我們學漢語 / 我们学汉语 (Chinese Study Group)

An area with study groups for various languages. Group members help each other, share resources and experience. Study groups are permanent but the members rotate and change.
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Ser
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我們學漢語 / 我们学汉语 (Chinese Study Group)

Postby Ser » Fri Dec 07, 2018 4:28 pm

A group for students of Chinese, broadly defined: Mandarin, Cantonese, Taiwanese Min Nan, Hakka, Shanghainese... Posts about Classical Chinese (文言文) can go either here or in the study group for classical languages. I started this thread after noticing reineke started this other one for Japanese.

Please do not make posts saying you're joining the group, or that you're already a member of the East Asian Study Group.

On the other hand, things you're welcome to do (non-exhaustive list):
- Tell stories
- Link to or review learning resources
- Mention new interesting things you've learned
- Ask questions about Chinese
- Share your joys and sorrows learning Chinese

Mandarin resource thread (in the Language Programs and Resources subforum):
https://forum.language-learners.org/vie ... 19&t=2940/
Last edited by Ser on Fri Dec 07, 2018 4:52 pm, edited 2 times in total.
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Ser
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Re: 我們學漢語 / 我们学汉语 (Chinese Study Group)

Postby Ser » Fri Dec 07, 2018 4:34 pm

Yesterday I had an interesting discussion with a native speaker about the syntax of 容易 rong2yi4, 好 hao3 and 難 nan2 when followed by a verb. What I remember taking away from the discussion:

- Although 容易 rong2yi4 can perfectly take a verb after (monosyllabic or not), the long-form disyllabic 困難 kun4nan2 cannot. If you want to say "difficult to look for", *困難找 *kun4nan2 zhao3 is not valid, it has to be 難找 nan2 zhao3 instead. An example with a disyllabic verb would be 難找到 nan2 zhao3dao4 'difficult to (successfully) find'.
- In idiomatic expressions, 難 nan2 and 好 hao3 are antonym morphemes: 好吃 hao3chi1 'delicious', 難吃 nan2chi1 'bad-tasting'.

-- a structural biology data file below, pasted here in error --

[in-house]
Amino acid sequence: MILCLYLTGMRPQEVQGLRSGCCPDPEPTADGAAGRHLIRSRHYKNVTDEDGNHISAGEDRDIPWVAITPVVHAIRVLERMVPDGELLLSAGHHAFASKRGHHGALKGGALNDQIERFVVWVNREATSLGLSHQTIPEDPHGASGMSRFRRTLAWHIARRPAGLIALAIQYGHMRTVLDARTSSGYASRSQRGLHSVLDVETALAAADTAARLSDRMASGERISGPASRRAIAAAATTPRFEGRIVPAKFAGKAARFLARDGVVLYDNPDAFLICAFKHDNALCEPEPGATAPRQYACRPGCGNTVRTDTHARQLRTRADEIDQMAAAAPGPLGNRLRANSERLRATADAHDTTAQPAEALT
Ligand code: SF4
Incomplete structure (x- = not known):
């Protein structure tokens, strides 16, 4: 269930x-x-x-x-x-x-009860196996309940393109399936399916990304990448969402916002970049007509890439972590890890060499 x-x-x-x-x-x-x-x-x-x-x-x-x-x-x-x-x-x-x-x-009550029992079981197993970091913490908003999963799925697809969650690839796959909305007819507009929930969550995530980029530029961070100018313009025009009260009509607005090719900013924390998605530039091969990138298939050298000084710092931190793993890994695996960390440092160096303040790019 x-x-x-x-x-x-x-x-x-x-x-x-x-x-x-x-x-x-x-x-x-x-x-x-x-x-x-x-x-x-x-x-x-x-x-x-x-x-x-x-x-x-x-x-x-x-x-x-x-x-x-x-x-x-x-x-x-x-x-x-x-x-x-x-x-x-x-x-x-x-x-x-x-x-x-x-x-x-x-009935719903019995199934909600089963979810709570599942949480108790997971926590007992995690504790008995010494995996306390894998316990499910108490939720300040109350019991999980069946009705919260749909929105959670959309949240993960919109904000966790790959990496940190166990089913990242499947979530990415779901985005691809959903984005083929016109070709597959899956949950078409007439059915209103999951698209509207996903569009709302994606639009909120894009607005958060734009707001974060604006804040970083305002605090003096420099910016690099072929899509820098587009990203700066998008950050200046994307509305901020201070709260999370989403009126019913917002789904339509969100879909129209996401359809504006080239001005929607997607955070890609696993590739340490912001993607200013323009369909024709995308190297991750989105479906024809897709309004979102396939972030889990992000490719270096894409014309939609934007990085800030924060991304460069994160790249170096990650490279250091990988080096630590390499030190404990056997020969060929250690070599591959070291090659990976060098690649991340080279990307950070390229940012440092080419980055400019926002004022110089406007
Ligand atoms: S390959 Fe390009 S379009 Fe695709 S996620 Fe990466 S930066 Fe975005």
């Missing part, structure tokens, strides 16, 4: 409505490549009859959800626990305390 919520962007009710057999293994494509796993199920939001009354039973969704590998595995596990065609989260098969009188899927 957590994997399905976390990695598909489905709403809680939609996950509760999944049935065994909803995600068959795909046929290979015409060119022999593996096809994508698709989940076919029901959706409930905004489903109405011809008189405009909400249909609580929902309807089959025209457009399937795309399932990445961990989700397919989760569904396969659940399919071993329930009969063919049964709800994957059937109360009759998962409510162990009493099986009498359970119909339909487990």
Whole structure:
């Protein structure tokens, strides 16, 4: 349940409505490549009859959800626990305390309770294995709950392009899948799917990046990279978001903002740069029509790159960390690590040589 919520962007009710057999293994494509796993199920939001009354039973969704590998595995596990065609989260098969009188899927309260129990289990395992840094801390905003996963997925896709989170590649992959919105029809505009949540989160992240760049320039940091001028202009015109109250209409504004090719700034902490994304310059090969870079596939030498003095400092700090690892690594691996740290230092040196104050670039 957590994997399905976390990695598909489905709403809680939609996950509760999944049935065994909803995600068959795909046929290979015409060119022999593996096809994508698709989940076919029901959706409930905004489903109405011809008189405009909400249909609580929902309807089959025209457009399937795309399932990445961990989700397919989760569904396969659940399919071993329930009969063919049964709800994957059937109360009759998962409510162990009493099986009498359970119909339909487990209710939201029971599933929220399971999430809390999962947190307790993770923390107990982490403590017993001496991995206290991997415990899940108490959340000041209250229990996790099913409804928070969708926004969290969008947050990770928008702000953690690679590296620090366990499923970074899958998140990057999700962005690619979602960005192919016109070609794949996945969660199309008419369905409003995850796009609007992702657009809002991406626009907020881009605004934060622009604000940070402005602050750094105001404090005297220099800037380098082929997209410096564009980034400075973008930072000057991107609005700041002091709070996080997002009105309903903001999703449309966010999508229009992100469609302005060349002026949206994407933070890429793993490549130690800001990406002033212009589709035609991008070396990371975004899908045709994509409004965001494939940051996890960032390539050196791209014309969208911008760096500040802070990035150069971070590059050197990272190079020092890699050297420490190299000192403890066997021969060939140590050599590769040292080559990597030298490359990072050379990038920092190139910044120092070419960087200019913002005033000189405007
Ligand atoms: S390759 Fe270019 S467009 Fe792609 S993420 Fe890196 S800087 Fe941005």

- The idiomatic expressions have those idiomatic meanings strongly attached to them. 難吃 nan2chi1 does not ambiguously mean 'bad-tasting' and 'difficult to eat', it basically just means 'bad-tasting'. To express "difficult to eat", 容易 rong2yi4 may be negated (不容易吃 bu4 rong2yi4 chi1, or 不易吃 bu2 yi4 chi1 using the short-form), or quite simply a different construction can be used (吃[某物]很難 chi1 [mou3wu4] hen3 nan2, lit. "eating [sth] is difficult").
- Using 難尋 nan2xun2 to express "difficult to find" is basically only acceptable in written language. In spoken language, "nan2xun2" would be more readily understood as 南巡 nan2xun2 'to go to the South', an expression heard in dramas when an Emperor goes to the southern parts of the realm with his court.



I also learned that in Cantonese you can say 發夢 faat3-mung6 ("send a dream") for 'to have a dream' (Mandarin only has 做夢 zuo4-meng4, "do a dream"). "To daydream" can have a different order than in Mandarin too: 發白日夢 faat3 baak6yat6mung6, where Mandarin only has 白日做夢 bai2ri4 zuo4-meng4.
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Re: 我們學漢語 / 我们学汉语 (Chinese Study Group)

Postby smallwhite » Sun Dec 09, 2018 2:55 pm

> I also learned that in Cantonese you can say 發夢 faat3-mung6 ("send a dream") for 'to have a dream'

“發” means “send” in Mandarin but what about in Cantonese?
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Ser
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Re: 我們學漢語 / 我们学汉语 (Chinese Study Group)

Postby Ser » Sun Dec 09, 2018 7:55 pm

smallwhite wrote:> I also learned that in Cantonese you can say 發夢 faat3-mung6 ("send a dream") for 'to have a dream'